For many years, household furniture was crude but also functional. The cabin contained no fine furnishings such as bureaus or sofas. Instead, a bed consisted of nothing more than two poles pushed into cracks in a wall with the opposite ends resting on two rough forks cut from tree branches. On these were laid flat boards, which supported a bed tick (mattress) filled with leaves, straw or feathers from wild pigeons, geese or ducks.

Clothes were hung on wooden pegs in the walls around the room. The finest piece of furniture was generally a rustic chest that was used to store the family’s finest clothes and treasures. 

Since bricks were not available then, chimneys were lined with rough, flat stones and soft clay. The fireplaces, which were used for heating and cooking, were usually outsized enough to hold half of a wagonload of wood. 

A good water supply was essential for drinking, cooking, cleaning and bathing purposes, as well as storing and preserving butter, milk, fresh meats and other perishable items.

Initially, pioneer children did not attend school for two reasons – they were usually unavailable and youngsters, regardless of their ages, were needed for essential chores at home. Men and older boys hunted wild game. The meat was then cleaned, cut it into pieces and stored in salt, which preserved it until it could be eaten. Just prior to cooking, it was scrubbed to remove the salt. Another option was to store meat in snow barrels in winter.

Those were the days when adversity and strife often existed between settlers and Indians, thus forcing them to occasionally gather their belongings and seek refuge in forts or stockades. These hardy brave settlers eagerly sought a new and exciting way of life, which they received and more, usually exceeding their wildest expectations.  

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Most politicians show little compassion for their opponents. Often a debate gets ugly with harsh and sometimes angry words emitting from both sides of a debate with each trying to outdo the other. It is rare when two people can disagree on issues while showing respect for the other.

Such was the case in 1886 when Democrat Bob Taylor and Republican Alf Taylor stumped the State of Tennessee campaigning against each other as nominees of their respective party for governor. The fact that they were brothers did not prevent them from waging political warfare against each other throughout the Volunteer State in joint debate.

In that memorable campaign when they met at Chattanooga, they stayed at the same hotel and shared a room. When the supper hour had faded away, a band appeared below their room balcony. A chant commenced from the crowd below calling out in unison: “Alf Taylor, Bob Taylor, Taylor brothers.” The brothers responded by coming out on the balcony.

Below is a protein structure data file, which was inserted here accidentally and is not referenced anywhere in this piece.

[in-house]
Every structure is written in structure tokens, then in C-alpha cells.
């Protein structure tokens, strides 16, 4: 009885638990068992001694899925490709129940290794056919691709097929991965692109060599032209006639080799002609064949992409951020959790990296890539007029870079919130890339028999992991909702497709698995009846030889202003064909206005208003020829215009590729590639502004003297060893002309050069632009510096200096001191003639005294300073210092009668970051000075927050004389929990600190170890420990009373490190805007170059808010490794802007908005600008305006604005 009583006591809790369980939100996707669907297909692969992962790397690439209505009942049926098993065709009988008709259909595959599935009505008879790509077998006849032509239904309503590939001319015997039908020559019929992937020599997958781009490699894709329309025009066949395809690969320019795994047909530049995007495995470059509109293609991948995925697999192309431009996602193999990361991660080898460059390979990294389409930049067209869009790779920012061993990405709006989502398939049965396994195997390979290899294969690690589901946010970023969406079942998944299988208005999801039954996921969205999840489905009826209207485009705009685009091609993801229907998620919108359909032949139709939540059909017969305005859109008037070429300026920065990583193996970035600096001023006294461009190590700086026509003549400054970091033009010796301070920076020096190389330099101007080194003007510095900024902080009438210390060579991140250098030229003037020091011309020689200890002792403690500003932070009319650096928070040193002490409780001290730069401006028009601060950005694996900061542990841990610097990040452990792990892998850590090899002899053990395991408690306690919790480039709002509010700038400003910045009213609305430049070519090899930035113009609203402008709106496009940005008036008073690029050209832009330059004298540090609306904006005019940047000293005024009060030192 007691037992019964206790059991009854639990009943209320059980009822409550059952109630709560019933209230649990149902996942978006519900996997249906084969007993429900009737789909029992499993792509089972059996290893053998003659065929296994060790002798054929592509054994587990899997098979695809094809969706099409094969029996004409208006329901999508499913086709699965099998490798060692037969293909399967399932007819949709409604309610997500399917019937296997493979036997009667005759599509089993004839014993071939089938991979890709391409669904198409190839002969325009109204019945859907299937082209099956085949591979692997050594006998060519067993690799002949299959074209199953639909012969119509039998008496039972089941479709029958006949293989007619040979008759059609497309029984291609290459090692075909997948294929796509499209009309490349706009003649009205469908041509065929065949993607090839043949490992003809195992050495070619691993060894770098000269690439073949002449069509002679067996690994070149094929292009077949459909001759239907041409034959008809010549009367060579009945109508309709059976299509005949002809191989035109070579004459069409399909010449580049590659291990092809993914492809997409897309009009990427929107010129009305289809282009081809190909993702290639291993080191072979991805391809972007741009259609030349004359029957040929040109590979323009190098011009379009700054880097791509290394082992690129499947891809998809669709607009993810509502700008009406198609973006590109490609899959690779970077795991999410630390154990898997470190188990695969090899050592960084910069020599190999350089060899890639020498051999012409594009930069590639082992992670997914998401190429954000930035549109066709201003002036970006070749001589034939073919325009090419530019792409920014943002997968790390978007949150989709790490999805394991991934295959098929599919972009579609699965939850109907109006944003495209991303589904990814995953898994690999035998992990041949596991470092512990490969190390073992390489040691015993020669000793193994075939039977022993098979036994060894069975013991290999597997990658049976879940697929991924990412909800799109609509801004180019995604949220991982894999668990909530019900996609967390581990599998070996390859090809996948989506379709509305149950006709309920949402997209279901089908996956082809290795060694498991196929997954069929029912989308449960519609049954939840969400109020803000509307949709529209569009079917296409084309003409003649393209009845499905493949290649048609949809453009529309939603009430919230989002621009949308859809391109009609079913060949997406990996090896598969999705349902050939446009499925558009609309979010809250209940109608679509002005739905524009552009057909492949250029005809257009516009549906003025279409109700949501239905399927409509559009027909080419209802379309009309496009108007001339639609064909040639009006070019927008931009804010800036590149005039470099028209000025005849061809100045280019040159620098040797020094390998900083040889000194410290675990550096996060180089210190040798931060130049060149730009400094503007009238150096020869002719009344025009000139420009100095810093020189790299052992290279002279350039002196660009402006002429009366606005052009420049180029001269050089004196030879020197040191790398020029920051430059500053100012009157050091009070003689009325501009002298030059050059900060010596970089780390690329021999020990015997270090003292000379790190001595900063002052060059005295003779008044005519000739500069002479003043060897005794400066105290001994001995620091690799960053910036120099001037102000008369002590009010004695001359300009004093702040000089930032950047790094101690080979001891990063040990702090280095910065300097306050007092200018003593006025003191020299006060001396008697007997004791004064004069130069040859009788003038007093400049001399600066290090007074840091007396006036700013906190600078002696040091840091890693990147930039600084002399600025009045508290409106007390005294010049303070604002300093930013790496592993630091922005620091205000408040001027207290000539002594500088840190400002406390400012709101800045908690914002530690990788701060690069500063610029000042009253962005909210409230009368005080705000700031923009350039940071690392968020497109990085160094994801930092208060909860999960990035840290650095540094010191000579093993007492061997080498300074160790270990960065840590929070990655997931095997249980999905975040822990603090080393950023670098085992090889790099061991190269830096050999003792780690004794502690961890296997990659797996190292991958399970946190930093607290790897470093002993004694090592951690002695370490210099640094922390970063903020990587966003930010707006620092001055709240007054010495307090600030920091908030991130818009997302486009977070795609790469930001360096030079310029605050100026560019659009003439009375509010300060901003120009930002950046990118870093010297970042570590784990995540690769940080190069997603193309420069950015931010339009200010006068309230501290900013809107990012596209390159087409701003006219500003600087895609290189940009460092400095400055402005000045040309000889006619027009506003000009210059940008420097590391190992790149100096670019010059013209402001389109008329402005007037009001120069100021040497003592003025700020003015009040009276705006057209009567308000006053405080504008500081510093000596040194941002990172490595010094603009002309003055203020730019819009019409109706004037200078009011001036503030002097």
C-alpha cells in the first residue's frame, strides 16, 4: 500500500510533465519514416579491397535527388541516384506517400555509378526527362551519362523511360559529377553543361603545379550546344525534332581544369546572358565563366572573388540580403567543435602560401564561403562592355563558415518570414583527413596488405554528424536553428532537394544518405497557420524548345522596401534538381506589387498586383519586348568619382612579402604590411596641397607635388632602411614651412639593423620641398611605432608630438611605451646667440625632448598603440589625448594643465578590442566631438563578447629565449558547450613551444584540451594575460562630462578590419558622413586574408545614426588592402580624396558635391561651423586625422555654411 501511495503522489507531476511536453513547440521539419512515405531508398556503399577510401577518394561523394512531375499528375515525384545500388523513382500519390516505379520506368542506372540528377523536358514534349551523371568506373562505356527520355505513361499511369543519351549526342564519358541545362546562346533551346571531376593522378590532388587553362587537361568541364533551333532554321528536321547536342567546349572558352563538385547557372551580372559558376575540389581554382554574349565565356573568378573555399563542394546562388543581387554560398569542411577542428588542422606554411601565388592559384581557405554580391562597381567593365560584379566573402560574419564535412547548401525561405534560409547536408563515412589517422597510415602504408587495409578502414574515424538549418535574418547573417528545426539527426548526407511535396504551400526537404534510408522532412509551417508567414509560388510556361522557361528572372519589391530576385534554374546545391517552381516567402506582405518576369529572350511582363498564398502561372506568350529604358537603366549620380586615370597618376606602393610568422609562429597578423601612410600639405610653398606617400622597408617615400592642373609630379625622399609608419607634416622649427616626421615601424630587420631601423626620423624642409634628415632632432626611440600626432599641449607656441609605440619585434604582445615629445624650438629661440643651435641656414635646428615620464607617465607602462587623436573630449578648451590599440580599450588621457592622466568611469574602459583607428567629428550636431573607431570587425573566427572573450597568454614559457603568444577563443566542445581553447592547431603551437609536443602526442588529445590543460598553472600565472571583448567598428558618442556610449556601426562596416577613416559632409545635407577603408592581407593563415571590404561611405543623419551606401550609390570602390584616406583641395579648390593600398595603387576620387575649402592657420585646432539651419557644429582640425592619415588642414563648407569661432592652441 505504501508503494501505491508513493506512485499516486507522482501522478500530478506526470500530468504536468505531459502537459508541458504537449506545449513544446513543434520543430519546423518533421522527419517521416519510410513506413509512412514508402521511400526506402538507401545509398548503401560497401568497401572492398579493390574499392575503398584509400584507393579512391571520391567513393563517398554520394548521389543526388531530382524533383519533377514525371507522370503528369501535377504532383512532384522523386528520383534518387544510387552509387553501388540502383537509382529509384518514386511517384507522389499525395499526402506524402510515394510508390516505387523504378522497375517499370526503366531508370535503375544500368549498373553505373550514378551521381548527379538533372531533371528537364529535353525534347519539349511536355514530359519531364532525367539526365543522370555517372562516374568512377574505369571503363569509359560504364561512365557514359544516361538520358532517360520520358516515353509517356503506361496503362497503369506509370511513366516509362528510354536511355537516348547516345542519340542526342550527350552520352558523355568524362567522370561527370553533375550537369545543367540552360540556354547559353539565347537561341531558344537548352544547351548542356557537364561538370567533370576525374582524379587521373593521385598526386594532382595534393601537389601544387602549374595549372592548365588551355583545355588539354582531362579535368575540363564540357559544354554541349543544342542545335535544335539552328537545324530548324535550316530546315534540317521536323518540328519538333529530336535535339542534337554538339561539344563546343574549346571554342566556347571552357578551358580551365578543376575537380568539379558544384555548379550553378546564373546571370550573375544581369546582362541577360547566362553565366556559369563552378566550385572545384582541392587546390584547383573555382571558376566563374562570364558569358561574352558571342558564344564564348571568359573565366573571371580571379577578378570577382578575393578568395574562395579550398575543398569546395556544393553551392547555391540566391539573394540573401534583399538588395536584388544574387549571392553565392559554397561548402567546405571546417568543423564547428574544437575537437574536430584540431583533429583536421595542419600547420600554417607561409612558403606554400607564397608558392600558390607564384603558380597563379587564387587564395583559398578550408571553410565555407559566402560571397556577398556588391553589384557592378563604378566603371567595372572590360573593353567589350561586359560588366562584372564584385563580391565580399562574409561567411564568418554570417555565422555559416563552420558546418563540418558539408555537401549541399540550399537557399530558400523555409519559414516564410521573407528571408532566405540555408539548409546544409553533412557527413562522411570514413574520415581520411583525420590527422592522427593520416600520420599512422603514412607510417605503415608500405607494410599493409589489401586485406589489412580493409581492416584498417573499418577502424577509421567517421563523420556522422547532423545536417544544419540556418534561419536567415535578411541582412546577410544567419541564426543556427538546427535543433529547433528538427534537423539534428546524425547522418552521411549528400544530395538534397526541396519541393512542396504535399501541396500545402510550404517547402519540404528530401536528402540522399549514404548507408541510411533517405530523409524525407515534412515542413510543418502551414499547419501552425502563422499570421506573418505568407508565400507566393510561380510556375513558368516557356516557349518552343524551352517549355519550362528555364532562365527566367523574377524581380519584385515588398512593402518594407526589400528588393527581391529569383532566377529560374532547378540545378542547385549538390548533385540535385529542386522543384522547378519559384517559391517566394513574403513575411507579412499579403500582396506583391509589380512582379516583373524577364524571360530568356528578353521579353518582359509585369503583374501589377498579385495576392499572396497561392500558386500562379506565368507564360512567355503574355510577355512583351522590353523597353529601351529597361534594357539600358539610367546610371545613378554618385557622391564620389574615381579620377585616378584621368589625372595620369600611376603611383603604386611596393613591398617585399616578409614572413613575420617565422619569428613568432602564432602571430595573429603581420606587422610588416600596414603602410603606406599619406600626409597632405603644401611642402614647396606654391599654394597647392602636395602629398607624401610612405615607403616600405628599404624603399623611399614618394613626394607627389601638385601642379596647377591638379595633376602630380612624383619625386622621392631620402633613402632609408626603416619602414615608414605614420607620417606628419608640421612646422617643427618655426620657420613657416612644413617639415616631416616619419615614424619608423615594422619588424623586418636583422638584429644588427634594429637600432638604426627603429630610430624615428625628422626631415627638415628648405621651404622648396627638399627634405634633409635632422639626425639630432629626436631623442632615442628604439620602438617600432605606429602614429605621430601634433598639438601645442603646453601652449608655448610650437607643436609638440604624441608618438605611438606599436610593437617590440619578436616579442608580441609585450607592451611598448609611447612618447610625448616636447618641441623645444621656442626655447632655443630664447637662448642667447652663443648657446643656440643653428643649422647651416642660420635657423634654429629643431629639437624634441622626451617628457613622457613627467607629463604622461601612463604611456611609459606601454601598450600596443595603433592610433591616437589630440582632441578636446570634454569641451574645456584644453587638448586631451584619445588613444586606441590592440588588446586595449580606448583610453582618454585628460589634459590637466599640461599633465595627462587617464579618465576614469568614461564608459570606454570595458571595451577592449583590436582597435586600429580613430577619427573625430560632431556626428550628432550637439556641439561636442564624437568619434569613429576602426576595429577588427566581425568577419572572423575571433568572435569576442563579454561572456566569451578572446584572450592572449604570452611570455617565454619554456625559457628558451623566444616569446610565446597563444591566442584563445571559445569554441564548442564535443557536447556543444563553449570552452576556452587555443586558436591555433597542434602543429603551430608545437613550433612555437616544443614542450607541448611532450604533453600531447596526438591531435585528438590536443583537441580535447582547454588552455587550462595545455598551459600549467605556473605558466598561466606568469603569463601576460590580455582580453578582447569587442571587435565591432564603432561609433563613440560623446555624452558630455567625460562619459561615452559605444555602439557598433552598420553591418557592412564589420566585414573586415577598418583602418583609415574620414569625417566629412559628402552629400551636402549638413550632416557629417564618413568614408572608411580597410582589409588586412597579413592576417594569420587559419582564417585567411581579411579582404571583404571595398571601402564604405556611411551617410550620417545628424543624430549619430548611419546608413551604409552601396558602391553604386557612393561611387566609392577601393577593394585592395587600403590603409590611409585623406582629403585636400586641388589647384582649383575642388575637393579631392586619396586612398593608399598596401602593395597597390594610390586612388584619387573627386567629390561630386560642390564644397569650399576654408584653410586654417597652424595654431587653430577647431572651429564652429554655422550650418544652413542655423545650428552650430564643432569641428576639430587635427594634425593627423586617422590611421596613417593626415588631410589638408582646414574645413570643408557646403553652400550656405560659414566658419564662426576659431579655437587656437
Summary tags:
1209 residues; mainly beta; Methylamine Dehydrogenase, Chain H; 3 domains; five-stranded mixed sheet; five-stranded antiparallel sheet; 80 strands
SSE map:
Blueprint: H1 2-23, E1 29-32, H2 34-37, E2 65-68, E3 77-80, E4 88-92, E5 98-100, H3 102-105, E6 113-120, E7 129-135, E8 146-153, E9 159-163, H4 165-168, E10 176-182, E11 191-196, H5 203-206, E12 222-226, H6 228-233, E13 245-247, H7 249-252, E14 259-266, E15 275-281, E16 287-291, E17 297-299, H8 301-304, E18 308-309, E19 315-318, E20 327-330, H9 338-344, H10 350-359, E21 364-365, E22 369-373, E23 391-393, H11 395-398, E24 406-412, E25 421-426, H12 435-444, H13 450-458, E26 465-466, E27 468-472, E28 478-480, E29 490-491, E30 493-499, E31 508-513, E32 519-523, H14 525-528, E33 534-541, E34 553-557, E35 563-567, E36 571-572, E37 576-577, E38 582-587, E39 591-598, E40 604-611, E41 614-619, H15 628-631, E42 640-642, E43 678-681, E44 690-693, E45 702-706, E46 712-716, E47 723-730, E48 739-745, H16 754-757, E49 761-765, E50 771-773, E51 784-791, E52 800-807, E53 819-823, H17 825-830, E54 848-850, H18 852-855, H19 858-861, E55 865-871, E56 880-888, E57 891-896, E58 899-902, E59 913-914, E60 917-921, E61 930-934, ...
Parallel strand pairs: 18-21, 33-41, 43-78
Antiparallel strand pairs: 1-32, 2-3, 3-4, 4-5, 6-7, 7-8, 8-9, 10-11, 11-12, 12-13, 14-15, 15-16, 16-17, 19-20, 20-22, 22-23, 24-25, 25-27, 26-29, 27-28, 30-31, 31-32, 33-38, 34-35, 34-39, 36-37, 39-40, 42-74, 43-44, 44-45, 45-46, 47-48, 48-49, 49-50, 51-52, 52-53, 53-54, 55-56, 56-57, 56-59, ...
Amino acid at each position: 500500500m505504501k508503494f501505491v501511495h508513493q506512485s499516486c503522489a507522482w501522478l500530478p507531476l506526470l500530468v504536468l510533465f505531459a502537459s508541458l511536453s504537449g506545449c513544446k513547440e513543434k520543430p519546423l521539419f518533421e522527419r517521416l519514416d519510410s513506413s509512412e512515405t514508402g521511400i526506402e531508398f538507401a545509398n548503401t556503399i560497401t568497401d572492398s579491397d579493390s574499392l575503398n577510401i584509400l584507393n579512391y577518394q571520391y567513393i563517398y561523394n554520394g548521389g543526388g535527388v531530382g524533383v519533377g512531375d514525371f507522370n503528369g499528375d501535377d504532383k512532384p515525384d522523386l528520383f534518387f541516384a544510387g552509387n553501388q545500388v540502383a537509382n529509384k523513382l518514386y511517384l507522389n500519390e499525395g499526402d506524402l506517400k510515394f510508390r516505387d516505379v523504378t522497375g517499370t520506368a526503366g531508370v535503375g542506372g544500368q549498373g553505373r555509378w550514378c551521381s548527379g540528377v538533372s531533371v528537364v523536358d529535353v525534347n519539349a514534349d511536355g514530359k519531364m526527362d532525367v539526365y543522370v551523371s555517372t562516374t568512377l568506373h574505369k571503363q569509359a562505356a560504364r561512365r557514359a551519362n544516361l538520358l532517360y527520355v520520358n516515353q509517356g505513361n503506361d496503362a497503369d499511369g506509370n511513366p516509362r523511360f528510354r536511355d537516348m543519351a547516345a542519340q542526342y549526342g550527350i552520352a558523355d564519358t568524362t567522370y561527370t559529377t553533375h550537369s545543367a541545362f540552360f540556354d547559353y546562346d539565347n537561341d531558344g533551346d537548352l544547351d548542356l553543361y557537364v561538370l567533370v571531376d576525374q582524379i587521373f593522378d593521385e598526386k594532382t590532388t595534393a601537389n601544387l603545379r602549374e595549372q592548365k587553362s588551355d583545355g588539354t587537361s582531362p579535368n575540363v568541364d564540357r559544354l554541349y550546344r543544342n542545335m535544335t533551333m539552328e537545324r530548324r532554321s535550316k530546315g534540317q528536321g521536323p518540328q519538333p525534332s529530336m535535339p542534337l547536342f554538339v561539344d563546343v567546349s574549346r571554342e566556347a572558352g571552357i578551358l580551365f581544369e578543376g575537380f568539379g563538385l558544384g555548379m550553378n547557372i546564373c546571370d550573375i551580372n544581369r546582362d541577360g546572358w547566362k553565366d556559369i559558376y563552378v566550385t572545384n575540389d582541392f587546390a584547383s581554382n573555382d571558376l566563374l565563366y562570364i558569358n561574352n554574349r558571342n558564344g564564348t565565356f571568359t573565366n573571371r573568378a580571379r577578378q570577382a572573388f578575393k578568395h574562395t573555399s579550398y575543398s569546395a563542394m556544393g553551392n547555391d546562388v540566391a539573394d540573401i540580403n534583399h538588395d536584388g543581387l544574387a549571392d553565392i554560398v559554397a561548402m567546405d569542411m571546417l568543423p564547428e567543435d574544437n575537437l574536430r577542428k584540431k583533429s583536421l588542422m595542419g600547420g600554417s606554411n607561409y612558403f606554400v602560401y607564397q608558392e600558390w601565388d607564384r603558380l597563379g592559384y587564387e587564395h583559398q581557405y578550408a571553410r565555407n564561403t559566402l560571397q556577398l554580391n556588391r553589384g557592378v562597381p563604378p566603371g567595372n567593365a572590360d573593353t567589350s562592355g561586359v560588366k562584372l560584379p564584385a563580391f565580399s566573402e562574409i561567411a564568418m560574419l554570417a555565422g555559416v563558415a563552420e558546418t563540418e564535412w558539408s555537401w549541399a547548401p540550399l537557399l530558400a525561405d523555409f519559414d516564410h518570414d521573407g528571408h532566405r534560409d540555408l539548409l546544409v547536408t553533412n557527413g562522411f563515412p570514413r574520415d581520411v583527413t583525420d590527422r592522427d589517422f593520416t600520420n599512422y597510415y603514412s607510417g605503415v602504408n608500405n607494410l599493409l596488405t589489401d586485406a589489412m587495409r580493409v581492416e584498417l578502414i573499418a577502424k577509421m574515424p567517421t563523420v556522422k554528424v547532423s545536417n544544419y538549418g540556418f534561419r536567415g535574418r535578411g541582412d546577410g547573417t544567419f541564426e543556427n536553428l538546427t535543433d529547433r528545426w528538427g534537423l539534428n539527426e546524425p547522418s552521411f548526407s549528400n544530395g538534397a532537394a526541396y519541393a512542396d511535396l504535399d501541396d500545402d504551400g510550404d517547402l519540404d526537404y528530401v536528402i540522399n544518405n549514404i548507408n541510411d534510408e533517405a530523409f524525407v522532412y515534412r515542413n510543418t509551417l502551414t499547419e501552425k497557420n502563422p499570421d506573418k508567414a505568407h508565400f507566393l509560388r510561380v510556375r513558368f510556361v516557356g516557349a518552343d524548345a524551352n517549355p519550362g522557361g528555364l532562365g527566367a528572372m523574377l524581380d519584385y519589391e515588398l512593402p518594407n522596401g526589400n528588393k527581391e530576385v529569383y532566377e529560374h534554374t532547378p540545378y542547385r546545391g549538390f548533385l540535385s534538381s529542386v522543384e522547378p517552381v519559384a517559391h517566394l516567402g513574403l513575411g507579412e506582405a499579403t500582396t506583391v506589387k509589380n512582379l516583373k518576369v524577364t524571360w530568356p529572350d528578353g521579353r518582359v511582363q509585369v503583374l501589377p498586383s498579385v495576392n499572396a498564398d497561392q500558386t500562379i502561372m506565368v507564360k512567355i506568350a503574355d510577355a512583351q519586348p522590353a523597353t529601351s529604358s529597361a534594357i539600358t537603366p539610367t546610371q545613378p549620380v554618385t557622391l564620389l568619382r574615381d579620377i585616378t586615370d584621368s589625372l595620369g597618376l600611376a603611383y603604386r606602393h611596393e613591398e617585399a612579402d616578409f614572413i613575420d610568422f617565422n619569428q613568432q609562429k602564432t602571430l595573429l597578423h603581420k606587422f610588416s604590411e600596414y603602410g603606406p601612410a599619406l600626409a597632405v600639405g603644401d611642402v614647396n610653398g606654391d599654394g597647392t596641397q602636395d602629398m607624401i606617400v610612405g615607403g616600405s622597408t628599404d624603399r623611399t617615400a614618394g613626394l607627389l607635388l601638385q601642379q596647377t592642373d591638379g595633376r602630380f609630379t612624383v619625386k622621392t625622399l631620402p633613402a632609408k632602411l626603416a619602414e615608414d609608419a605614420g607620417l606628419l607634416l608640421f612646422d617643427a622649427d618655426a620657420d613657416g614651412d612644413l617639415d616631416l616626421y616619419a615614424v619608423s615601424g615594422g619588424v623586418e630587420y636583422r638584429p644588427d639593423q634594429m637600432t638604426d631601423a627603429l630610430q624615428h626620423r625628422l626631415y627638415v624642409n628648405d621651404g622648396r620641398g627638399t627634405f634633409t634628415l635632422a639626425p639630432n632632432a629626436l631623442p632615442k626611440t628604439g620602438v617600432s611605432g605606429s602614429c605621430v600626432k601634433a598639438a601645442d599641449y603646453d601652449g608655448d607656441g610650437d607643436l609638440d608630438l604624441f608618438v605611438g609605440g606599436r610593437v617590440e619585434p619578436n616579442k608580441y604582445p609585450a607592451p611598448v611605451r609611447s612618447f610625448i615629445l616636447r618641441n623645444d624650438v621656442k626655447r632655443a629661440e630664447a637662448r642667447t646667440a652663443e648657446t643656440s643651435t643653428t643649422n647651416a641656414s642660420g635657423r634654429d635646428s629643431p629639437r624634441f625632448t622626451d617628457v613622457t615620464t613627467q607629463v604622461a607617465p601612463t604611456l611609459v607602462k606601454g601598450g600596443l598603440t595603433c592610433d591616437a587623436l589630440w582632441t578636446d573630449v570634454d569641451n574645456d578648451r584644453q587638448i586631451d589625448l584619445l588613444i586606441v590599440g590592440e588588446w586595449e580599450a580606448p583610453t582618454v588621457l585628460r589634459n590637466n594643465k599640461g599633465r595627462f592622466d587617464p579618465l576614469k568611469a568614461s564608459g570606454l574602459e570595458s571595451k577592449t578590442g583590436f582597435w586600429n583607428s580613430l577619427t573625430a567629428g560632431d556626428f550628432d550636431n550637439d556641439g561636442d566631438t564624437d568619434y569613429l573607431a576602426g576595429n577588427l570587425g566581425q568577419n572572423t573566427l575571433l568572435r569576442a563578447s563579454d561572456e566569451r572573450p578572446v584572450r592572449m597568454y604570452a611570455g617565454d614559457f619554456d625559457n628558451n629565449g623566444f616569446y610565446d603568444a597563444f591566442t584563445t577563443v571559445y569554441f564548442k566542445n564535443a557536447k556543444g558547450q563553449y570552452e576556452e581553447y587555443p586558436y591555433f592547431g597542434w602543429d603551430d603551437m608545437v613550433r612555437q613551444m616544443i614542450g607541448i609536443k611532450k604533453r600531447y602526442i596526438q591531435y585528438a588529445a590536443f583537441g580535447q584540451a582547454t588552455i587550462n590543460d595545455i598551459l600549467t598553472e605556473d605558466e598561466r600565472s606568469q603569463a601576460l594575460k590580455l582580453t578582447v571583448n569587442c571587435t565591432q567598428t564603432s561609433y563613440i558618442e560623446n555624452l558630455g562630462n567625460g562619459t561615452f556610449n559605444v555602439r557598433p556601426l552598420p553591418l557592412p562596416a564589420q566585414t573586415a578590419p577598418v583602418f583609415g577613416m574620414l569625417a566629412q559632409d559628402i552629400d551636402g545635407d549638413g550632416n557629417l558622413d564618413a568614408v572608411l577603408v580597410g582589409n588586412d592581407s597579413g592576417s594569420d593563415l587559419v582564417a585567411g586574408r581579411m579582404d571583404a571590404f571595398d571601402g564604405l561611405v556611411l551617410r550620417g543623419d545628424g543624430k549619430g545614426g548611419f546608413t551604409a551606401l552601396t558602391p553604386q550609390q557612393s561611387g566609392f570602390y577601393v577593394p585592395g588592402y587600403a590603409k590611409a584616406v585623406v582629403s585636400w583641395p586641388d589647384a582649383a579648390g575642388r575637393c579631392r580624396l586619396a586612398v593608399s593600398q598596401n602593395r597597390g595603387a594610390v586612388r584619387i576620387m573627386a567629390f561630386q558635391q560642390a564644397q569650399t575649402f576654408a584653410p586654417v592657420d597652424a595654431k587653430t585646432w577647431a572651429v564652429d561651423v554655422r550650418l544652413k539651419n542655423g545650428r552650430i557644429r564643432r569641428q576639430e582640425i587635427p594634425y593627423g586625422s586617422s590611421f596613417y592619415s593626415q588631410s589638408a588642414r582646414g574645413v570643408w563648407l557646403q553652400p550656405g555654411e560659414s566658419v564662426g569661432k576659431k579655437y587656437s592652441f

Alf Taylor spoke first. He gave a brief speech that included thanking the crowd for their interest in the gubernatorial campaign and for coming to the hotel. Then he took his brother by his arm and humorously proclaimed, “And now fellow citizens, I have the pleasure of introducing to you the brother of the next governor of Tennessee.”

Bob Taylor, not to be outdone by his younger sibling, thanked Alf for his kind words and then invited everyone to the inauguration ball at Nashville. Bob said he would be installed as governor and where he graciously said, “You will again meet my distinguished brother, sitting at my right hand, the chief and honored guest of that occasion.”

When they appeared at Lebanon, Tennessee in Wilson County several years prior, 8,000 people greeted them. The county was once the stronghold of the old Whig party. When Alf began his speech, he offered a eulogy on the party and its leaders: “Fellow citizens, if the Whig party were in existence today, I would not stand before you as a Republican. (My brother) is a more graceful speaker than his brother and he touched a tender chord in the affection of his audience.

But Bob Taylor unmercifully tore away the Whig mask from the brow of the Republican candidate. Yes, fellow citizens, every Republican speaker nowadays begins his speech with a eulogy on the Whig party and its great leaders. He tells you in feeling tones, ‘(Henry) Clay is dead, (Daniel) Webster is dead and I don't feel very well myself.’”

The two unique characters toured the country providing entertainment in a most novel way, something not seen before. It was very popular as noted by the huge crowds that attended their lectures. They were secured for an engagement in St. Paul, Minnesota and then appeared at the People's Church.

Later, the Taylor brothers appeared at Sweeney and Coombs Opera House in Houston, Texas. Their entertainment was not billed as a lecture or two lectures. Instead, it was described as entertainment in which the two men were brought out as in a beautiful drama of fraternity.

In the presentation of the first half of the theme, the Honorable Alf Taylor typified and set forth the spirit and resolve of the Yankee nation. Bob Taylor, with the assistance of a splendid male quartette in which he participated by singing second tenor, portrayed the beauties of the Southland, the peculiarities and oddities of all his people. He provided illustrations of their music and dwelt with humor and pathos upon the rare customs of her rural people.

The other members of the quartette assisting the ex-governor were Robert W. Nichol, Robert I. De Armon and T.A. Davis. The production was proclaimed as “something new under the sun.”